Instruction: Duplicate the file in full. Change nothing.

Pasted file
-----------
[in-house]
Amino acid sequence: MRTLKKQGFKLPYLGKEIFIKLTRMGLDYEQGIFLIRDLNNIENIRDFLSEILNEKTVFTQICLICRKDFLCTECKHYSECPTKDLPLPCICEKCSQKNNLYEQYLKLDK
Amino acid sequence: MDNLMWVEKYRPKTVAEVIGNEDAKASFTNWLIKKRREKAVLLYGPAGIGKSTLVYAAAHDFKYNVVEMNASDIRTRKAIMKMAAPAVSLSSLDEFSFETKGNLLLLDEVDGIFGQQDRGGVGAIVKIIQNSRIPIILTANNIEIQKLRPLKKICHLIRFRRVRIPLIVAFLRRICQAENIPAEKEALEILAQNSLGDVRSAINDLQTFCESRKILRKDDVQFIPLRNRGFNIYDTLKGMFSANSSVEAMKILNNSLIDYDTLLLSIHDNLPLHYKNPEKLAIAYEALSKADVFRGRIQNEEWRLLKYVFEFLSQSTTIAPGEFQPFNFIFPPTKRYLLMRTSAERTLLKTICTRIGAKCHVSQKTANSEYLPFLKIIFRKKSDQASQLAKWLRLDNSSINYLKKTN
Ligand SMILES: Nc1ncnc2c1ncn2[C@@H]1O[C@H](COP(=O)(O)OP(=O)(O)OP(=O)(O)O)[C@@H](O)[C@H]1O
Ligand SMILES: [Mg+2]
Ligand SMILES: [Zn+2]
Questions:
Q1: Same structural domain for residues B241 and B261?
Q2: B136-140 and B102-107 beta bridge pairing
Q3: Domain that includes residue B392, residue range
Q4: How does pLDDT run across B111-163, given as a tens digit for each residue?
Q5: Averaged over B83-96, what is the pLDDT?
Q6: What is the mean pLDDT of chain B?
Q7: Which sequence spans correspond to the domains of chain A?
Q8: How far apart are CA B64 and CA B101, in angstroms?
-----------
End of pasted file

[in-house]
Amino acid sequence: MRTLKKQGFKLPYLGKEIFIKLTRMGLDYEQGIFLIRDLNNIENIRDFLSEILNEKTVFTQICLICRKDFLCTECKHYSECPTKDLPLPCICEKCSQKNNLYEQYLKLDK
Amino acid sequence: MDNLMWVEKYRPKTVAEVIGNEDAKASFTNWLIKKRREKAVLLYGPAGIGKSTLVYAAAHDFKYNVVEMNASDIRTRKAIMKMAAPAVSLSSLDEFSFETKGNLLLLDEVDGIFGQQDRGGVGAIVKIIQNSRIPIILTANNIEIQKLRPLKKICHLIRFRRVRIPLIVAFLRRICQAENIPAEKEALEILAQNSLGDVRSAINDLQTFCESRKILRKDDVQFIPLRNRGFNIYDTLKGMFSANSSVEAMKILNNSLIDYDTLLLSIHDNLPLHYKNPEKLAIAYEALSKADVFRGRIQNEEWRLLKYVFEFLSQSTTIAPGEFQPFNFIFPPTKRYLLMRTSAERTLLKTICTRIGAKCHVSQKTANSEYLPFLKIIFRKKSDQASQLAKWLRLDNSSINYLKKTN
Ligand SMILES: Nc1ncnc2c1ncn2[C@@H]1O[C@H](COP(=O)(O)OP(=O)(O)OP(=O)(O)O)[C@@H](O)[C@H]1O
Ligand SMILES: [Mg+2]
Ligand SMILES: [Zn+2]
Questions:
Q1: Same structural domain for residues B241 and B261?
Q2: B136-140 and B102-107 beta bridge pairing
Q3: Domain that includes residue B392, residue range
Q4: How does pLDDT run across B111-163, given as a tens digit for each residue?
Q5: Averaged over B83-96, what is the pLDDT?
Q6: What is the mean pLDDT of chain B?
Q7: Which sequence spans correspond to the domains of chain A?
Q8: How far apart are CA B64 and CA B101, in angstroms?